Throughout her career, Cecilia González-Andrieu has dedicated her work to showcasing the importance of recognizing individuals’ beauty and goodness through social justice and theology. As one of the leading scholars in theological aesthetics, González-Andrieu believes that beauty is a human right–stressing the importance of art and beauty as mediums of self-expression during times of oppression.
The University of Portland Garaventa Center is hosting Loyola Marymount University’s González-Andrieu for this year’s annual Zahm lecture in the Brian Doyle Auditorium at 5 p.m. on Sept. 14. The lecture, “I’M DONE BEING POLITE!: Truth Telling in Education,” will discuss contemporary forms of injustice from a theological perspective of Catholic Social Teaching.
According to Karen Eifler, the Director of the Garaventa Center, another emphasis of the lecture will be beauty and art in the face of injustice. As part of the showcase, González-Andrieu will demonstrate student artwork from her previous theology classes that express emotions surrounding the issues faced by immigrants, DACA students and undocumented workers.
Born in Cuba, González-Andrieu immigrated to the United States at a young age and graduated with a bachelor’s in film and Spanish and a master’s in theology from LMU before getting a doctorate in theology from the Graduate Theological Union Berkeley. She is now a theology professor at LMU and a published theologian writer for America Magazine.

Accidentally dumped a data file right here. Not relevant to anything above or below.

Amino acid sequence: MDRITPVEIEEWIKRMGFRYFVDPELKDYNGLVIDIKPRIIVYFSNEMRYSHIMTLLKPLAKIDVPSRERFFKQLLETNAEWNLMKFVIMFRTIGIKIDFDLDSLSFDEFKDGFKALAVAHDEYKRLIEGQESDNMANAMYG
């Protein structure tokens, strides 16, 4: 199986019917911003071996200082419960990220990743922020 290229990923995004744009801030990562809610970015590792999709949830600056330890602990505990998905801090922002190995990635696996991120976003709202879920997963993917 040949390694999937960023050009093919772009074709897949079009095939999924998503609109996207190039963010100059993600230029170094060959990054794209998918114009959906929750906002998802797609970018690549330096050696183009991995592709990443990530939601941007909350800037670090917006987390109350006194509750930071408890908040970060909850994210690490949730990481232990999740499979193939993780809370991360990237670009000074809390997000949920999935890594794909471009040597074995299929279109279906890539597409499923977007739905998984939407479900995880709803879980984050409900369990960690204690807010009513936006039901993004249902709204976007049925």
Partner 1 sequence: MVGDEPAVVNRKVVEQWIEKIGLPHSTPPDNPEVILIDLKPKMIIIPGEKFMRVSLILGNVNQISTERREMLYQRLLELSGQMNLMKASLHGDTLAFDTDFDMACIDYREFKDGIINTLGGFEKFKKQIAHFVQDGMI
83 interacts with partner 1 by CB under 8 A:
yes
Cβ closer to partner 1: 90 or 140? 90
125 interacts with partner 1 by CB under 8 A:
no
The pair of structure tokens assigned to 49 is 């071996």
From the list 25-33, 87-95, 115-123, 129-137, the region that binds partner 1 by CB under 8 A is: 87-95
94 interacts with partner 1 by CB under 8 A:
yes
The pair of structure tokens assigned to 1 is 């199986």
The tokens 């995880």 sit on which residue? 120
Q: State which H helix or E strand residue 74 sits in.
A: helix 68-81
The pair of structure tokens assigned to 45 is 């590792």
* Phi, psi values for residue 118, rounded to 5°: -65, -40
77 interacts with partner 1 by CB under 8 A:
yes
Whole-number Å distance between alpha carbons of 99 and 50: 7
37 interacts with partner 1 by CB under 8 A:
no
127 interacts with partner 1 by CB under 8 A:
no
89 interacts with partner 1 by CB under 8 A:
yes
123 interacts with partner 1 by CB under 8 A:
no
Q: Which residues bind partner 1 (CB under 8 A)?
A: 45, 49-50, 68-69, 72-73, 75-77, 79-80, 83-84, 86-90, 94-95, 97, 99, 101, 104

González-Andrieu works with the most underprivileged members of society and focuses on issues surrounding how theology and social justice intersect with issues faced by the Latinx community. Much of her teaching centers on immigration, DACA students and undocumented workers and the role that art and theology play in social movements.
Eifler says that UP’s annual Zahm lectures are meant to set the tone for what students should hope to gain from their education. This year, the Garaventa Center hopes that Gonzalez-Andrieu’s lecture will encourage UP students to understand the importance of the innate beauty and goodness in others and the ways they get lost through injustice and oppression.
“There’s this yearning for a better world and for a more equitable world and a more just community,” Eifler said. “I think that Dr. González-Andrieu’s words are going to give people some of the tools they need to bring that about. All are incredibly welcome.”
Carlos Moreno-Vega is a reporter for The Beacon. He can be reached at firstname.lastname@example.org.